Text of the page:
Before increasing gas tax, look elsewhere for funds

Dear Editor, In response to Gov. Kay Ivey’s tax proposal, I say no. It doesn’t matter the tax hasn’t been increased since 1992. Little has been done since then to roads in the area. Many of the same roads receive attention and ones in dire need are untouched. I understand there are grants and provisions […]

Dear Editor,

In response to Gov. Kay Ivey’s tax proposal, I say no. It doesn’t matter the tax hasn’t been increased since 1992. Little has been done since then to roads in the area. Many of the same roads receive attention and ones in dire need are untouched. I understand there are grants and provisions for certain state roads and highways, but I would demand local side streets are the prime expenditure if this proposal passes.

A true example side roads have not been maintained, DeJarnette Road that connects Pearson Chapel to North Central (a highly trafficked road) has not been paved/blacktopped I don’t believe in my 31 years of existence. It is continually patched with gravel and as busy as this street is, the gravel doesn’t even have time to settle and it is a temporary fix before the road returns to that of horse and buggy feel.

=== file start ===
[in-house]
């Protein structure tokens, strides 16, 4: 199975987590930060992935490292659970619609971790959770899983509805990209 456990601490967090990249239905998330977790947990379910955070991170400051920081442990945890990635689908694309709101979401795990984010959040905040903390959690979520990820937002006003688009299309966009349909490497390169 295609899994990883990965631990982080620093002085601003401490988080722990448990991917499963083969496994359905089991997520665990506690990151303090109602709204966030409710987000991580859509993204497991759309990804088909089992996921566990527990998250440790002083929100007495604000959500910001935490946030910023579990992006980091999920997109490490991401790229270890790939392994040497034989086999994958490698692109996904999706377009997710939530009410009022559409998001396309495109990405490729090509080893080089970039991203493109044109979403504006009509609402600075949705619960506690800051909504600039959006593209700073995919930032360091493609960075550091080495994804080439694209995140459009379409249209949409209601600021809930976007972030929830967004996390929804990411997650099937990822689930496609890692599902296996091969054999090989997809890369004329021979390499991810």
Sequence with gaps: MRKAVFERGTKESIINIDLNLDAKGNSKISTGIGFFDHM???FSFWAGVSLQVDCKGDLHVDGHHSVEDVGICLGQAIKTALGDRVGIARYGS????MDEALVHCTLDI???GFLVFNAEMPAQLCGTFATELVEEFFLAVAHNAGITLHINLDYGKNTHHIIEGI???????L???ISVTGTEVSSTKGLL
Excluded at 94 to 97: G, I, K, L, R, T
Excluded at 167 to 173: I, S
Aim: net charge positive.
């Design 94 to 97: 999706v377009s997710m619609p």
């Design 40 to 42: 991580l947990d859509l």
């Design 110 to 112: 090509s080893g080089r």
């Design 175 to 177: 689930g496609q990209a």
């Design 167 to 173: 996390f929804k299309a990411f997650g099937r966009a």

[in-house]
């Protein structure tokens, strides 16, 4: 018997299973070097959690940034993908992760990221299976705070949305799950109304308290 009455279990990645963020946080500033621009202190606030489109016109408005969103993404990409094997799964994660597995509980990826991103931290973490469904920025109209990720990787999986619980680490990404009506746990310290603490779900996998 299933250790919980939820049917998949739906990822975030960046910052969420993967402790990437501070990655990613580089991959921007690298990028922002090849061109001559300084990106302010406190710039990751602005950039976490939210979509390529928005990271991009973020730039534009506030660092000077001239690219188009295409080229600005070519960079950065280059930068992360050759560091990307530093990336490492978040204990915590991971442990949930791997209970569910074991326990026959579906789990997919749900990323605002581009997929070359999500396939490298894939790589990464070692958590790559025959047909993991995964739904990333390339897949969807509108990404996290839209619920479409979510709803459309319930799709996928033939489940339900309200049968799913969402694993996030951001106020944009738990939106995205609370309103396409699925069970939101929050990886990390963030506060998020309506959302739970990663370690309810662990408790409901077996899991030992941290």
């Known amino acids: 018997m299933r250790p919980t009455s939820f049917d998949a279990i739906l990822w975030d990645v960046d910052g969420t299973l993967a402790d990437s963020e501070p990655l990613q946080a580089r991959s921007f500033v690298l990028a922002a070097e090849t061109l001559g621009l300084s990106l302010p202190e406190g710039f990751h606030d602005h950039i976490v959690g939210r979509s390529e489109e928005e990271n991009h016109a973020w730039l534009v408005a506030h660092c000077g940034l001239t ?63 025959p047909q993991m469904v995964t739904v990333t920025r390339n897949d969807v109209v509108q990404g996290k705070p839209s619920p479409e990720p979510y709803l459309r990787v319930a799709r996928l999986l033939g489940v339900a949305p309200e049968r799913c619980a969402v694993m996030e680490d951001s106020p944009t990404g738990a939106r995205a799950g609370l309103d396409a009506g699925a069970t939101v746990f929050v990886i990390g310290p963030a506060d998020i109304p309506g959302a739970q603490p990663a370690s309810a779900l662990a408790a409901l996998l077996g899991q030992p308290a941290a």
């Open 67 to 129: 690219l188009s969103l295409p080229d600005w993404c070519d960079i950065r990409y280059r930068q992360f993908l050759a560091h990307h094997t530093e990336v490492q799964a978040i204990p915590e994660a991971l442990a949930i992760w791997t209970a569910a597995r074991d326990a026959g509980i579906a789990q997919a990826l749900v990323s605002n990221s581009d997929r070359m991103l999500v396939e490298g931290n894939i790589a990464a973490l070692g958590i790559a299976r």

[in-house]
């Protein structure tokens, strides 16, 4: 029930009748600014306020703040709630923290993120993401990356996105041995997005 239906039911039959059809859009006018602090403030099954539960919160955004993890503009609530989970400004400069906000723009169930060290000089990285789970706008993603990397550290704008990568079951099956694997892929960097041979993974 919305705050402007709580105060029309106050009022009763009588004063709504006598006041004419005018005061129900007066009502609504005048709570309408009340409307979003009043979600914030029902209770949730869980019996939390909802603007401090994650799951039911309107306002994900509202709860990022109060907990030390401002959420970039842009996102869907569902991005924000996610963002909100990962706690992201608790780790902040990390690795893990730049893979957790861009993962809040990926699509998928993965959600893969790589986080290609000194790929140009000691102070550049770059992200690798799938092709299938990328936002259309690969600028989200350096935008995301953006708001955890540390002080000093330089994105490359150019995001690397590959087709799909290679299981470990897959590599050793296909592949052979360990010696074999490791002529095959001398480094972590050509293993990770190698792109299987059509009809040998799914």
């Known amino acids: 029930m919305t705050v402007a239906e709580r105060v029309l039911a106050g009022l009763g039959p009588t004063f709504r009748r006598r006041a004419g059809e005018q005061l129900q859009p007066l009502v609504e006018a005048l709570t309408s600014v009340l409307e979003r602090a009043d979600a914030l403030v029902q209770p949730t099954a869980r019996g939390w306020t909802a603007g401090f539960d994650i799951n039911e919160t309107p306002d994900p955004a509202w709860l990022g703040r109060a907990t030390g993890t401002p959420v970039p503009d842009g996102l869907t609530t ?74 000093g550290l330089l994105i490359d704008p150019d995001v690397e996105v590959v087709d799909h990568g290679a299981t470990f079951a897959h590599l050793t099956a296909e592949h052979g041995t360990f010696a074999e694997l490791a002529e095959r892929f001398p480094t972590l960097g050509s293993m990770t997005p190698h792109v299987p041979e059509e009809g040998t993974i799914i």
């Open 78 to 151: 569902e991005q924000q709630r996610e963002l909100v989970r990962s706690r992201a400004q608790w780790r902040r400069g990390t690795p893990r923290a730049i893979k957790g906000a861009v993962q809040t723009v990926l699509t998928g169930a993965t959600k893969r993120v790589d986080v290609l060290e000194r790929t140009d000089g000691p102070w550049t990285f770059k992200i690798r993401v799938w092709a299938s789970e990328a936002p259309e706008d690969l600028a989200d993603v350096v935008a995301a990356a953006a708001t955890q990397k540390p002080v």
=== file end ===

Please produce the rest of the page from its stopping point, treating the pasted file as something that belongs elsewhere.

My vote is for legislators to reevaluate infrastructure budgets where the funds are allotted based on the number of miles in a district rather than the same amount for each district. My county commissioner shared with me the reason my road had not been paved is because he had 200-plus miles to maintain and had the same budget as another district that had only 30 miles to maintain. Doesn’t sound very fair, does it?

So before we just increase taxes because that’s the thing to do, I ask for evaluation of budget, allot finances fairly based on need and amount of maintenance, and spend more to have quality fixes versus temporary patches.

Seth Fuller

Kellyton